Guest post by Dr Laura Villa; Image by Jan Vašek from Pixabay 

Binge-watching: the act of watching several or all episodes of a television series with few, if any, breaks.

With the start of the pandemic, I think we have all been guilty of binge-watching a show. I know I have.   ⠀⠀⠀
73% of Netflix viewers report feeling happy while they’re binge-watching. You feel this pleasure because your brain produces dopamine. This is the chemical that makes you feel good. It gives the body a natural, internal reward of pleasure that reinforces continued engagement in that activity.

However, those marathon sessions could pose risks to your mental and physical health. A growing body of research raises concerns about that binge-watching does to your health.

  • Binge-watching may increase anxiety, depression and loneliness
  • Binge-watching can disrupt sleep
  • Binge-watching makes you less physically active   ⠀⠀⠀⠀⠀⠀⠀⠀⠀⠀⠀

So, does this mean that you have to choose between your mental health and Vampire Diaries? Absolutely not. Netflix isn’t going anywhere, so this is an excellent opportunity to practice moderation.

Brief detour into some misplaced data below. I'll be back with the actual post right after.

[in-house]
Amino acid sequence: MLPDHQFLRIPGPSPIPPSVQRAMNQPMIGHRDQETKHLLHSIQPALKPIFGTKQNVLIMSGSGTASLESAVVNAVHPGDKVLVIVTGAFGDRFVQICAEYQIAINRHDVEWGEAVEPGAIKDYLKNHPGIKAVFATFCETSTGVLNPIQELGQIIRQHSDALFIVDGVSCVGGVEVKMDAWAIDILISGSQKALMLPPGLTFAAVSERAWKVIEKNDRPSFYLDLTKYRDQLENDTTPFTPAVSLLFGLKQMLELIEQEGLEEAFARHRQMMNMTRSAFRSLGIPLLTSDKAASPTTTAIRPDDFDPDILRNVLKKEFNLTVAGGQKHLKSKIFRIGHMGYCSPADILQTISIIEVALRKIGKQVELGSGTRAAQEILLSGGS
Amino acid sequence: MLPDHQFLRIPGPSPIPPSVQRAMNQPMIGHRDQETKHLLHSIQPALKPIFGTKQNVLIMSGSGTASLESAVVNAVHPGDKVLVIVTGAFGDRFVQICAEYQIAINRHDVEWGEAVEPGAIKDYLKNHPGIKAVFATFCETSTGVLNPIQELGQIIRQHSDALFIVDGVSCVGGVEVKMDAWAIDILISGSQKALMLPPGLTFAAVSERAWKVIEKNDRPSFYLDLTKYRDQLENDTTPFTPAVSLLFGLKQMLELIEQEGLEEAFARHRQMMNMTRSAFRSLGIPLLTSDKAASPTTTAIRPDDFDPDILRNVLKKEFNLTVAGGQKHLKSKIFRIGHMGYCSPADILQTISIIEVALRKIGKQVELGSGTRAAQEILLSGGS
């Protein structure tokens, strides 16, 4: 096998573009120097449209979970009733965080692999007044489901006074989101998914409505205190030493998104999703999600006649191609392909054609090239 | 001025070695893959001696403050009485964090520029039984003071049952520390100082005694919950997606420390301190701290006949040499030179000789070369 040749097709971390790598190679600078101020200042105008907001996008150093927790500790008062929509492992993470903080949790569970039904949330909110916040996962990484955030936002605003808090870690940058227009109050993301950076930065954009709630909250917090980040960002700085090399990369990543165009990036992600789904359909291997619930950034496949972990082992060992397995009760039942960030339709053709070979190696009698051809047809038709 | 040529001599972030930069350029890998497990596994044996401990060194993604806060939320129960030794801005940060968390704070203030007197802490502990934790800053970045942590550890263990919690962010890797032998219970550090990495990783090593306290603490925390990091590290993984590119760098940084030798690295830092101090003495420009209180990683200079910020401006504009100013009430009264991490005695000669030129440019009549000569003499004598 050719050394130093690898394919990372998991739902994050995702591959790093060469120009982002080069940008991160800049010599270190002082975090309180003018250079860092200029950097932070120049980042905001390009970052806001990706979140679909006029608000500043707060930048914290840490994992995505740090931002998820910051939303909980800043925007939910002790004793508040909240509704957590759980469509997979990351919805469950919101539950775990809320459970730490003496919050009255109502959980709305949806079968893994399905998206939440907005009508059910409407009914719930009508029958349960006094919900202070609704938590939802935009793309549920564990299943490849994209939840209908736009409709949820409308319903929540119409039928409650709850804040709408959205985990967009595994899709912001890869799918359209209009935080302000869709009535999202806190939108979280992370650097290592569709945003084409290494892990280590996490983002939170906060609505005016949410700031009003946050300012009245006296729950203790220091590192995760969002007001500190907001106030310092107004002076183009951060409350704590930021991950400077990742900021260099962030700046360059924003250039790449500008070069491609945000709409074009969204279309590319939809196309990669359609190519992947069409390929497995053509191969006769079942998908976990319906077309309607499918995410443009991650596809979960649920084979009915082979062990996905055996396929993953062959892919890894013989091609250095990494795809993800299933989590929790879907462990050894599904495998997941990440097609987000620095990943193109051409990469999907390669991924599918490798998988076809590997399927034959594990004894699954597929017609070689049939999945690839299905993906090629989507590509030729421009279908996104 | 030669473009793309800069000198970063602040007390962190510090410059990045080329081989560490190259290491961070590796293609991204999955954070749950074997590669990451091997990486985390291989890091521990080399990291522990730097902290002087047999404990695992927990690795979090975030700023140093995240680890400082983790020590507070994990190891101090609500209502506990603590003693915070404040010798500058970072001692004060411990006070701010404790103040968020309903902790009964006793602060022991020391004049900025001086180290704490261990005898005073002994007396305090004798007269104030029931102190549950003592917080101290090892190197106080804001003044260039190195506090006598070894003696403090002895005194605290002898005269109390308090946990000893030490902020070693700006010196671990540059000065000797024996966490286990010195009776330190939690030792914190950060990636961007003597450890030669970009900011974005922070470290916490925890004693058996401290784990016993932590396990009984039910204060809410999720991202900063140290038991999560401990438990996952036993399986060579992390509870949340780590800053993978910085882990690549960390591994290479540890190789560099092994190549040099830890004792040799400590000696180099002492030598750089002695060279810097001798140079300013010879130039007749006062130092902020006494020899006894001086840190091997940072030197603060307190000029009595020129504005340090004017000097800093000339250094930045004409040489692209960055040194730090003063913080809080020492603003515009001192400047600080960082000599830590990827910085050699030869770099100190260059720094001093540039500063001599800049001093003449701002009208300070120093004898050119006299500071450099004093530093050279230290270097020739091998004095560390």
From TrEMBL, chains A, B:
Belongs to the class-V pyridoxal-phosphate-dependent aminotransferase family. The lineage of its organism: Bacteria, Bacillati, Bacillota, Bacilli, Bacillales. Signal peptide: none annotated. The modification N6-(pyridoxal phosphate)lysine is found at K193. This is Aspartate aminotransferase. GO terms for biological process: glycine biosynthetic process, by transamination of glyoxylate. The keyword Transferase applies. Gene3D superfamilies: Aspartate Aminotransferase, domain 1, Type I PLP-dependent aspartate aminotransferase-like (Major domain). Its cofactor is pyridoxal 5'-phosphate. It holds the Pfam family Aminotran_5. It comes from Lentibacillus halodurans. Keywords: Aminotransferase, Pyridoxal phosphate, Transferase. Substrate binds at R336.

Here are some tips on how to binge-watch responsibly:

  • Set limits by allotting yourself a specific amount of viewing time and stick to it.
  • Use your favorite show as a reward system.
  • Be selective. Setting limits is easier if you’re choosy about the content. Try to pick programs that are meaningful and enriching.
  • Exercise while watching or between episodes. Physical exercise releases endorphins which improve mood.
  • Stress management. Do you binge to distract yourself from uncomfortable feelings? That is okay occasionally, but it helps to have other strategies too.
  • Balance your binge with other activities. After binge watching, go out with friends or do something fun.


  1. Rohland L. Binge-watching. Salem Press Encyclopedia. 2020. Accessed February 9, 2021.
    Jia-Ji Sun, Yen-Jung Chang. Associations of Problematic Binge-Watching with Depression, Social Interaction Anxiety, and Loneliness. International Journal of Environmental Research and Public Health. 2021;18(1168):1168. doi:10.3390/ijerph18031168
  2. Starosta JA, Izydorczyk B. Understanding the Phenomenon of Binge-Watching-A Systematic Review. International journal of environmental research and public health. 2020;17(12). doi:10.3390/ijerph17124469
  4. Baysinger T. Study Finds Link between Binge-Watching and Depression. Broadcasting & Cable. 2015;145(5):4. Accessed February 9, 2021.